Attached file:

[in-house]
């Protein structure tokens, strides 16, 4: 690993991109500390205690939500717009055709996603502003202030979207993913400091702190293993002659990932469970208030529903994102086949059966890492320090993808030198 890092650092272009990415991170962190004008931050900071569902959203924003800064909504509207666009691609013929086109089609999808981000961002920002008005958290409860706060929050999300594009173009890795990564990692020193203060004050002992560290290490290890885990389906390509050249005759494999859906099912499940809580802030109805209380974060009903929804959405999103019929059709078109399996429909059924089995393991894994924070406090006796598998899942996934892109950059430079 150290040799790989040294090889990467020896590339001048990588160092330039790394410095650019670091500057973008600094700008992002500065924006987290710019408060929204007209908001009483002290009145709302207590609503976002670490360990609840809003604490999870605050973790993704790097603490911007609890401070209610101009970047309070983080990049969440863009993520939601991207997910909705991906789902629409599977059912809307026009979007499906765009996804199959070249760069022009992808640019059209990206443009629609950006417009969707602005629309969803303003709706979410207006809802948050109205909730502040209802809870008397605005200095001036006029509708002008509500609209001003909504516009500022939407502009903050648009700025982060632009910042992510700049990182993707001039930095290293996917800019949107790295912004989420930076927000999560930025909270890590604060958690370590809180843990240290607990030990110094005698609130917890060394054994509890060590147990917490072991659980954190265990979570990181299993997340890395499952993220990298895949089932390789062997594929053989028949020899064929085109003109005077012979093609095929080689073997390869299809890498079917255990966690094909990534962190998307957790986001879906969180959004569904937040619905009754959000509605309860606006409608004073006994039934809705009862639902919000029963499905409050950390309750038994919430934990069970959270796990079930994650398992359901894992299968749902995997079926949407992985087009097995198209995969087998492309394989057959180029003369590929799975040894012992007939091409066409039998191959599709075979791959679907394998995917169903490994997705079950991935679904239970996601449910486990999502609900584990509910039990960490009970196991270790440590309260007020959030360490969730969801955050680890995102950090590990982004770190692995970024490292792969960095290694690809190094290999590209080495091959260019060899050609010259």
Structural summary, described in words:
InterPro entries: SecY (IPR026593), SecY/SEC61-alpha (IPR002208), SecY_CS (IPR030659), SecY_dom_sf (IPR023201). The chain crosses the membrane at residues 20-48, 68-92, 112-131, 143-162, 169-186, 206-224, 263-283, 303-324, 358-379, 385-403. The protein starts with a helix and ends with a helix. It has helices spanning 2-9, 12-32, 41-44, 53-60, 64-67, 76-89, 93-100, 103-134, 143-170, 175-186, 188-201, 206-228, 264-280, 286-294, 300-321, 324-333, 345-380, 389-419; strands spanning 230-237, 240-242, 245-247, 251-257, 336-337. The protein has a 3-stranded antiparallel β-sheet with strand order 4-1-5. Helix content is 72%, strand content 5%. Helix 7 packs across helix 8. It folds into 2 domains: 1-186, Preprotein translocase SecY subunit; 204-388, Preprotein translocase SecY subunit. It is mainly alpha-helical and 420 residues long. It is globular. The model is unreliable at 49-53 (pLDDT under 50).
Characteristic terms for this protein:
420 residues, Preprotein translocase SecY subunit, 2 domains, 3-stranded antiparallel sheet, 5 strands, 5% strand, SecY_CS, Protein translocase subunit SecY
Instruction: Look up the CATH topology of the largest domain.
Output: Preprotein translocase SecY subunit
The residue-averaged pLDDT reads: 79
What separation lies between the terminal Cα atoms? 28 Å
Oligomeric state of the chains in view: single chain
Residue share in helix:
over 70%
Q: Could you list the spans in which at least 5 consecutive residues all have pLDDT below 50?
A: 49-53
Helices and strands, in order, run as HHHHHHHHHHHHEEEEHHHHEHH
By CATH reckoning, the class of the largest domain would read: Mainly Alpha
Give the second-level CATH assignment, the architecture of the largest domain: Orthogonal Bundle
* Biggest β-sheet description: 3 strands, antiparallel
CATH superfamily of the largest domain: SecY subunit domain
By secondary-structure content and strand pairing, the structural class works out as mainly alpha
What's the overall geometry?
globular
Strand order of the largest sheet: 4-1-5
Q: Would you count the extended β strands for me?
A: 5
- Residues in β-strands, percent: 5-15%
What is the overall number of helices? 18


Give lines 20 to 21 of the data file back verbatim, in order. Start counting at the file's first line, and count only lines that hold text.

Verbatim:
CATH superfamily of the largest domain: SecY subunit domain
By secondary-structure content and strand pairing, the structural class works out as mainly alpha